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Electromyography (EMG) (cont.)

IN THIS ARTICLE

EMG Preparation

No specific preparation is needed for the testing.

During the EMG Procedure

During EMG, small pins or needles are inserted into muscles to measure electrical activity. The needles are different than needles used for injection of medications. They are small and solid, not hollow like hypodermic needles. Because no medication is injected, discomfort is much less than with shots.

  • The patient will be asked to contract his or her muscles by moving a small amount during the testing.
  • With nerve conduction studies, small electrodes will be taped to the skin or placed around the fingers. The patient typically will experience a mild and brief tingling or shock, which may be a bit unpleasant.
  • The person who administers the test will explain the procedure. Often muscle activity is monitored through a speaker during the test, which may make a popping or soft roaring noise. The EMG technician will be looking at an oscilloscope, which looks like a small TV set during the procedure.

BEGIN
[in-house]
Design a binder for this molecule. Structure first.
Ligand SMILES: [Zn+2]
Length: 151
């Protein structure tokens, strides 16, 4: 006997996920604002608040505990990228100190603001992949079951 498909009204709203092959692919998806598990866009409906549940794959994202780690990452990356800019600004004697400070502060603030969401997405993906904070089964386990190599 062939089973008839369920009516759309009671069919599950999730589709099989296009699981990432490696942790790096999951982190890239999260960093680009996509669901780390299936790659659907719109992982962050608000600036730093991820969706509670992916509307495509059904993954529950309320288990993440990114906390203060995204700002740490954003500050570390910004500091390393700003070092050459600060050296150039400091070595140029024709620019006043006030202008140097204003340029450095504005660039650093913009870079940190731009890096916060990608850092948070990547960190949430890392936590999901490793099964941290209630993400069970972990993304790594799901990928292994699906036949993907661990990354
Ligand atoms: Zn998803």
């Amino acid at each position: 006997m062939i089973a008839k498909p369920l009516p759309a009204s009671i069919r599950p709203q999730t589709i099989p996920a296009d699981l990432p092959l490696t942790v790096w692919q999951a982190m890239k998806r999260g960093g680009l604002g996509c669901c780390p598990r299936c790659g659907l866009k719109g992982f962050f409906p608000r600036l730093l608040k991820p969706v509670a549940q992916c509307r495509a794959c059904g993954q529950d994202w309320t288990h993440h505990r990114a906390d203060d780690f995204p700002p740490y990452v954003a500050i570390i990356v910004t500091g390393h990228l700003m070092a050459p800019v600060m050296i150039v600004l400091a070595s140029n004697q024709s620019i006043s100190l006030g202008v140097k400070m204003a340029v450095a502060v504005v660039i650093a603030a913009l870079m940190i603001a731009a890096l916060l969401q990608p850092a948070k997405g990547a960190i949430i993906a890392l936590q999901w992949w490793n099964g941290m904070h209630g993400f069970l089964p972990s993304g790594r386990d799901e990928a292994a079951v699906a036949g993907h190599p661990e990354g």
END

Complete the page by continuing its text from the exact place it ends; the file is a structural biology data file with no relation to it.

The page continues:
• Testing may take 30 to 60 minutes.

After the EMG Procedure

If the patient is having this test in a doctor's office, he or she will be sent home following the procedure without any restriction of activities. Some people may have minor aches and pains from the testing.

The report of the testing will be sent to the doctor who ordered the test. The ordering doctor will discuss the results with the patient or the doctor.

Medically reviewed by Avrom Simon, MD; Board Certified Preventative Medicine with Subspecialty in Occupational Medicine

REFERENCE:

"What to Expect During Your EMG Test." American Association of Electrodiagnostic Medicine.


Medically Reviewed by a Doctor on 4/5/2016
Author:

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